Feedback proves that launching a new website is fraught with risks

Mariam Kirby, a visitor from Texas, felt the photos of me were too dark and moody, conflicting “with the wry humor of your blog. In general, they do not reflect your personality.”

Well, sure, that’s easy for you to say, Mariam; you don’t live with me. Ask my wife, Pat, about dark, moody, wry humor and me. What’s more, had you looked closely at the photos, you would see that I am, indeed, chuckling heartily. I have always been deceptively photogenic in this way.

Here’s what I meme

Another visitor, a Canadian residing in Japan, wrote: “The website looks good . . . it’s not blaring music at me or threatening to murder my bird if I don’t subscribe. It’s not addressing me as ‘My Lovies’ or ‘Dear Ones.’ There isn’t any chain mail terrorism or empty weekly bullshit writing memes . . .”

My response is clear: Wait. Wait. Give me time, especially with the empty “bullshit writing memes.” I got a million of ’em. My favorite is to keep your mouth shut about the stories you’re working on. While I know a lot of writers like to workshop their fiction or chat it up with friends, describing this character or that character, outlining every plot and subplot, the approach has never worked for me.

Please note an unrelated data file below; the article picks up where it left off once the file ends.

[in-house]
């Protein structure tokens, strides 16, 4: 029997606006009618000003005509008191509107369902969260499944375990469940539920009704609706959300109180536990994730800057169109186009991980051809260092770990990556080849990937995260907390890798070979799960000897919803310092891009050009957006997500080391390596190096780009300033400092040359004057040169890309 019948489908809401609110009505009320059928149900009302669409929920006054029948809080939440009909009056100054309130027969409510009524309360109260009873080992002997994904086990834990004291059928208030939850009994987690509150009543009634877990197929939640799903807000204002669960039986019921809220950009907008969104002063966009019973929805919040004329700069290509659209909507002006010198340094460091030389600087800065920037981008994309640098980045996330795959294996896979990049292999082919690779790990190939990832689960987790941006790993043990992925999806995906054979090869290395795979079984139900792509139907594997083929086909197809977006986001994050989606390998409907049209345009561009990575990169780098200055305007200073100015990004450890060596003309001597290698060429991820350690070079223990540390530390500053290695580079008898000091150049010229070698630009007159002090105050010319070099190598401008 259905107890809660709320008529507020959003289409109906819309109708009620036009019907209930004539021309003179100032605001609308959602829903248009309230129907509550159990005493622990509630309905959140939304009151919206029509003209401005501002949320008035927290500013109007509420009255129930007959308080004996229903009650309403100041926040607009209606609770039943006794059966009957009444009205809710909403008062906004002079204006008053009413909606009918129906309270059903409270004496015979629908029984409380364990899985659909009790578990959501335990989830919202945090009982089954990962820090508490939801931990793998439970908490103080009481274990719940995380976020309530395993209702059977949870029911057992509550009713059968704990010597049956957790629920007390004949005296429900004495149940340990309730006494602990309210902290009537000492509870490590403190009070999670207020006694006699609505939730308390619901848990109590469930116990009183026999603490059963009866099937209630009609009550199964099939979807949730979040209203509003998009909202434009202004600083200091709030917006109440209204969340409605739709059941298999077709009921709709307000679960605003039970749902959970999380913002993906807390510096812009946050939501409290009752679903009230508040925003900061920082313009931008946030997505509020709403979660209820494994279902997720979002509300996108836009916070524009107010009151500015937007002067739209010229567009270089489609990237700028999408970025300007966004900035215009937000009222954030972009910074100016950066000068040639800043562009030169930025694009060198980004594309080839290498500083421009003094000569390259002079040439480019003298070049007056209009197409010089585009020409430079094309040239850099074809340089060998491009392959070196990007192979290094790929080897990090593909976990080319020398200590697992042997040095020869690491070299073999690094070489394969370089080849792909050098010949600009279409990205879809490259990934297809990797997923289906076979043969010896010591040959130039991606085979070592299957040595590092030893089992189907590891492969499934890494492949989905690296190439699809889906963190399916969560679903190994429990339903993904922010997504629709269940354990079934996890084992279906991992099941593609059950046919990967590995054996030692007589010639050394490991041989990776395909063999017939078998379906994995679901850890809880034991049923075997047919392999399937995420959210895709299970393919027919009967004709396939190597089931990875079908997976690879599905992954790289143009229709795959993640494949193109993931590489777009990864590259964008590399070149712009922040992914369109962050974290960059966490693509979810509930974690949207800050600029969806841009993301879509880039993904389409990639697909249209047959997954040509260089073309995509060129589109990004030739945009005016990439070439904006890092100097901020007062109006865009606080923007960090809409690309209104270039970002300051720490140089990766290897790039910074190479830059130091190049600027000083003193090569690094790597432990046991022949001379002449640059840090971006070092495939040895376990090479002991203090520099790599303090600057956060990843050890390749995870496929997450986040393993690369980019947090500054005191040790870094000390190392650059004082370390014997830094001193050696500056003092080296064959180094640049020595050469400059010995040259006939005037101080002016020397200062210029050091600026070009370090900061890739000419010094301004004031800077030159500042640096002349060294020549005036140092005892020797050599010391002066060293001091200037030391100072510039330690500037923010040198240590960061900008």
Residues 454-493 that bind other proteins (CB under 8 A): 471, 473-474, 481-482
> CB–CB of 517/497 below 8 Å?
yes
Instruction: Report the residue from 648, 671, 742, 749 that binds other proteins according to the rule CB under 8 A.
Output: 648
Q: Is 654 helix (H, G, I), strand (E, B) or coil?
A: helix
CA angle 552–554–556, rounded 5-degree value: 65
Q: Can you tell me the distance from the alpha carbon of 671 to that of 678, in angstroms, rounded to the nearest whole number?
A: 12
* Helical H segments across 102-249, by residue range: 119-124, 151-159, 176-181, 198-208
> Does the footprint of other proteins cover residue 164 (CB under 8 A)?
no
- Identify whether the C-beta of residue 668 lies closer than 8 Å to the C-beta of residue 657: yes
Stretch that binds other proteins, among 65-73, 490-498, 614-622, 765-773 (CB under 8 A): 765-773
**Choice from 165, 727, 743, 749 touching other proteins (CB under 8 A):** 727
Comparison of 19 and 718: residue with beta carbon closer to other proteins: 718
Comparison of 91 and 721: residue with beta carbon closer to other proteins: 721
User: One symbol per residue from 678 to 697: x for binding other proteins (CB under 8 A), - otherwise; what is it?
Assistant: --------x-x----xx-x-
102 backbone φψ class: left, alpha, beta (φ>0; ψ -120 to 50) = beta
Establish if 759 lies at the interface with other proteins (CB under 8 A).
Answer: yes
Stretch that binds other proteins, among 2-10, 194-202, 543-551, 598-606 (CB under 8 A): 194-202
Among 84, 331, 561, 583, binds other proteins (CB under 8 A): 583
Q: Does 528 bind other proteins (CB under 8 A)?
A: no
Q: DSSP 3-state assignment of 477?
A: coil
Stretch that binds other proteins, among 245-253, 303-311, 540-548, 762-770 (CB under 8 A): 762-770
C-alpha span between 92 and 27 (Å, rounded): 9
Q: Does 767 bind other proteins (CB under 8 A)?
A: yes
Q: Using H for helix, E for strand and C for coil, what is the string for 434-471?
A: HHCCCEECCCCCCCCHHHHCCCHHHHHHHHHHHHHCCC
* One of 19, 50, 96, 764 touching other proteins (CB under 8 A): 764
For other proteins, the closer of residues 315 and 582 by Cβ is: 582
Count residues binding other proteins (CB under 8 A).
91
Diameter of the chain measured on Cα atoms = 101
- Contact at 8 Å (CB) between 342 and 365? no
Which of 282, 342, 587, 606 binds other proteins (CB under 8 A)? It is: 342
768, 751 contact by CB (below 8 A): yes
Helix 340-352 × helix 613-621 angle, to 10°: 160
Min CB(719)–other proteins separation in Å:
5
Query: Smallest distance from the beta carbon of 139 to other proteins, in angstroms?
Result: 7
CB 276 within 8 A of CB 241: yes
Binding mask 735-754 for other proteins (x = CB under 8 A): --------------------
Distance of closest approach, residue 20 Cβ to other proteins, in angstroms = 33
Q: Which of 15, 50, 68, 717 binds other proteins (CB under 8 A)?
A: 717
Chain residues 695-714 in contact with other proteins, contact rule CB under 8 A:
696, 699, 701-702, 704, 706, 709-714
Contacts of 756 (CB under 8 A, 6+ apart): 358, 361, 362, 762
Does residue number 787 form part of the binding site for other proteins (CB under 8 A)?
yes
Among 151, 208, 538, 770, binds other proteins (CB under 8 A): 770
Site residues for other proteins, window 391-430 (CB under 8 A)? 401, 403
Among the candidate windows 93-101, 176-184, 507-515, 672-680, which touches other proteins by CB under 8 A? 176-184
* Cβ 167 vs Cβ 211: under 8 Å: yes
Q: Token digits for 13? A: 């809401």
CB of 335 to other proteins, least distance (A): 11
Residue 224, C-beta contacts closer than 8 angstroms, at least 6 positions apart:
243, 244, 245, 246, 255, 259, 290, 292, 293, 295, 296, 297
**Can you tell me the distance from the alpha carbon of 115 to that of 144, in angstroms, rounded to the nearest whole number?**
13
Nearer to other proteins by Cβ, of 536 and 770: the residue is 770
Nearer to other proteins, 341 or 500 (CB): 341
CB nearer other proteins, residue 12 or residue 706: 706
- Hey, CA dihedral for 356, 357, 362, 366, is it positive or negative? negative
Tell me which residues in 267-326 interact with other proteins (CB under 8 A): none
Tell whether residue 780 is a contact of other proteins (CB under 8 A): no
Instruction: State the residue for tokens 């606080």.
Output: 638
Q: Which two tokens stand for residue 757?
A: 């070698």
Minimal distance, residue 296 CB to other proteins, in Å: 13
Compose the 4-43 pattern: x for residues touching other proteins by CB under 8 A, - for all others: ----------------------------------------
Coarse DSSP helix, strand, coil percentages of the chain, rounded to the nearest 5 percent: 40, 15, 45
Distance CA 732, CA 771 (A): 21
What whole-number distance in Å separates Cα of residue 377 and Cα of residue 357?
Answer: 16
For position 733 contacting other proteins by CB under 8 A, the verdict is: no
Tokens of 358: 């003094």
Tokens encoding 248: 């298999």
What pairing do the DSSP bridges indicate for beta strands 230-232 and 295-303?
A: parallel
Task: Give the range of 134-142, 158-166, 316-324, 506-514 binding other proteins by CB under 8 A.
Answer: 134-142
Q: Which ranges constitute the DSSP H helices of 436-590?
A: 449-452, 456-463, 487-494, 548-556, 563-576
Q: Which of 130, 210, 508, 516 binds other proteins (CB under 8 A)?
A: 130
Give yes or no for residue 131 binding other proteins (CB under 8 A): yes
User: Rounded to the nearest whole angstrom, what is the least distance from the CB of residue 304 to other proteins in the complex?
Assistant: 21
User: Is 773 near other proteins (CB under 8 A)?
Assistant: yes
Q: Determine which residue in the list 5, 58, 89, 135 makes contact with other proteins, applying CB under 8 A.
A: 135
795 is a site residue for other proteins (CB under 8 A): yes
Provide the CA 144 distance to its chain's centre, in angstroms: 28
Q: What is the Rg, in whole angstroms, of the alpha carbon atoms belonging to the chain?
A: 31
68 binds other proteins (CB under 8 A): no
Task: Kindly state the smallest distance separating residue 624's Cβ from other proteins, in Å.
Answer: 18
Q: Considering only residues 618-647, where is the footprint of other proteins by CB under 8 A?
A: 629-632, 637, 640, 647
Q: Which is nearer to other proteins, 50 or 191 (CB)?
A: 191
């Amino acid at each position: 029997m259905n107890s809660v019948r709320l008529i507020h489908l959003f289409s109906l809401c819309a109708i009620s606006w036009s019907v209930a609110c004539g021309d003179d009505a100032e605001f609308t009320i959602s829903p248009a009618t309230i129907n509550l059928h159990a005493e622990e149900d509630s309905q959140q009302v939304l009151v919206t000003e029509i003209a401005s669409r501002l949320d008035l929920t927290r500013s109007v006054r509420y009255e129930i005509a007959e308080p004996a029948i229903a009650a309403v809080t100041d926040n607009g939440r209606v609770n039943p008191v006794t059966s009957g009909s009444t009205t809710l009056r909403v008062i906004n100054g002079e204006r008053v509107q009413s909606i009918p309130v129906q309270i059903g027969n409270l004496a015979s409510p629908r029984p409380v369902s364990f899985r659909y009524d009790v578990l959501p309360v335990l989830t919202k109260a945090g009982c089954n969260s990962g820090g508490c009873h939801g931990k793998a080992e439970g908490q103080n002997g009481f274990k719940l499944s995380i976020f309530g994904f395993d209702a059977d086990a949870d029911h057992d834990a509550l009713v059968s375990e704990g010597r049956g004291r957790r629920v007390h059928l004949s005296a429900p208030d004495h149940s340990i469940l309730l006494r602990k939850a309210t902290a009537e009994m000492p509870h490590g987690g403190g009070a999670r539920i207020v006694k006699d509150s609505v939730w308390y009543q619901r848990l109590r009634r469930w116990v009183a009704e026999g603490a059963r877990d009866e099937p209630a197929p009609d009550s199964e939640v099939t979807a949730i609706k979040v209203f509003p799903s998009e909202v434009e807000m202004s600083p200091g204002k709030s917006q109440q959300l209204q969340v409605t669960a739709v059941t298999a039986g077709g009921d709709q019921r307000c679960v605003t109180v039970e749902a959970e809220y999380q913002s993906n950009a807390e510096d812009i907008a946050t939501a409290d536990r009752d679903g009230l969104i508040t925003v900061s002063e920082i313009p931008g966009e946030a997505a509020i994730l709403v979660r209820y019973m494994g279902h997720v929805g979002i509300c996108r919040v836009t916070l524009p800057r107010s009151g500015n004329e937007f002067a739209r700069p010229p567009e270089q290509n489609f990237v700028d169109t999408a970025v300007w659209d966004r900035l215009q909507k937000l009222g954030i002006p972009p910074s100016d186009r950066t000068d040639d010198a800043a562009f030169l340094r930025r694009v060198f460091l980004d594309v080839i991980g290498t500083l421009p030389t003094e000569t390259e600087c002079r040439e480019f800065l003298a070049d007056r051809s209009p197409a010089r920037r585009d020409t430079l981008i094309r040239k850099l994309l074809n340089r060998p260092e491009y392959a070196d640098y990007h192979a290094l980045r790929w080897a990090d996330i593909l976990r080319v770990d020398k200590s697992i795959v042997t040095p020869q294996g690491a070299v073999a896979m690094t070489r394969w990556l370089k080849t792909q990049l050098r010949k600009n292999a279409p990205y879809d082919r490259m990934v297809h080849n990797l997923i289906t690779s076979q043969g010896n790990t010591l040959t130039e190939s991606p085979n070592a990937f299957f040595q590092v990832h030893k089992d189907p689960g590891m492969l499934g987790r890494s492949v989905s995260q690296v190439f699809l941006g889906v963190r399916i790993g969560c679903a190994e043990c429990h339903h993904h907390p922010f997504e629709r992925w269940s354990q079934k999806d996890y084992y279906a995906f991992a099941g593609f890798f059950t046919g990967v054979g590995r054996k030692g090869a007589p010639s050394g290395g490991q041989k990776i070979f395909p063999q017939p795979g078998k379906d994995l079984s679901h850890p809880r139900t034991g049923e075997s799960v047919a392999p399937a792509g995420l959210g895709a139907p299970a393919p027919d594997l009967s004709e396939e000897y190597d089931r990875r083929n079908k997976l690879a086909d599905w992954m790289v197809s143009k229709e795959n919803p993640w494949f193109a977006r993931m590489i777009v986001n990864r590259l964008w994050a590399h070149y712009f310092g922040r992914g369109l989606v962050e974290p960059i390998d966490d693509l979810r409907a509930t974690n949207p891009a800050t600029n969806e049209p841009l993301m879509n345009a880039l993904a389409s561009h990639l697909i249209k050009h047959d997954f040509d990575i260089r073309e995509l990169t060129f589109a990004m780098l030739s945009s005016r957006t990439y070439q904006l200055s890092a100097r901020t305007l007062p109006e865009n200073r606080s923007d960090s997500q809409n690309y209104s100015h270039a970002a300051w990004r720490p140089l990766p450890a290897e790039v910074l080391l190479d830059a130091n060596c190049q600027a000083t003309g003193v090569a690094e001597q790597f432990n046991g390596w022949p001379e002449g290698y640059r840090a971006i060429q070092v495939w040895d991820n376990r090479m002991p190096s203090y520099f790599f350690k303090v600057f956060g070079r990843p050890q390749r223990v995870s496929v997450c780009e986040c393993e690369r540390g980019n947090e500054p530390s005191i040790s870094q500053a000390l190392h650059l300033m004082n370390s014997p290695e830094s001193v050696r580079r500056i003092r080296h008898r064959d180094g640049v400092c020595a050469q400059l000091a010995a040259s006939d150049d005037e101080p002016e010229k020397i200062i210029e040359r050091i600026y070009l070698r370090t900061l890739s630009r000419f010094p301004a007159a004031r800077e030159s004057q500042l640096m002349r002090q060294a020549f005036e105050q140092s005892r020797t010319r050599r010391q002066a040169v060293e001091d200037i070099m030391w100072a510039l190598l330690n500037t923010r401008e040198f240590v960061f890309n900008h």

The more I used to talk about my works-in-progress, the more bored I was when it came to sitting down and putting words on the page. I’d not only talked the ideas out, I’d talked them to death. These days, not even my wife knows what I’m writing until it’s done. This applies to short stories and novels. Not only does the method keep the ideas fresh, it serves to motivate, pushing me to get the story finished so I can have people read it and, with any luck, gush about how freaking wonderful both me and my story are. God, I love that! And if there’s a pay check involved at the end of it, well, all the better.

Speaking of writing . . . go watch TV

California’s Amy Stirling Casil has posted a nifty little essay on her website. While I’ve never met Amy in person, we share SFictional roots. We both appeared in the July 1996 “new writers” issue of The Magazine of Fantasy & Science Fiction. My story was SITTERS, while hers was the impressive JONNY PUNKINHEAD. Check out her essay, The Path To Publication May Take Many Forms, by clicking here and read how her first published genre story came to be. As you’ll see, rejection isn’t always rejection. Her essay neatly complements my own, GENREALITIES (click the Essays button above), which, I guess, in certain ways, details how my first story came to be.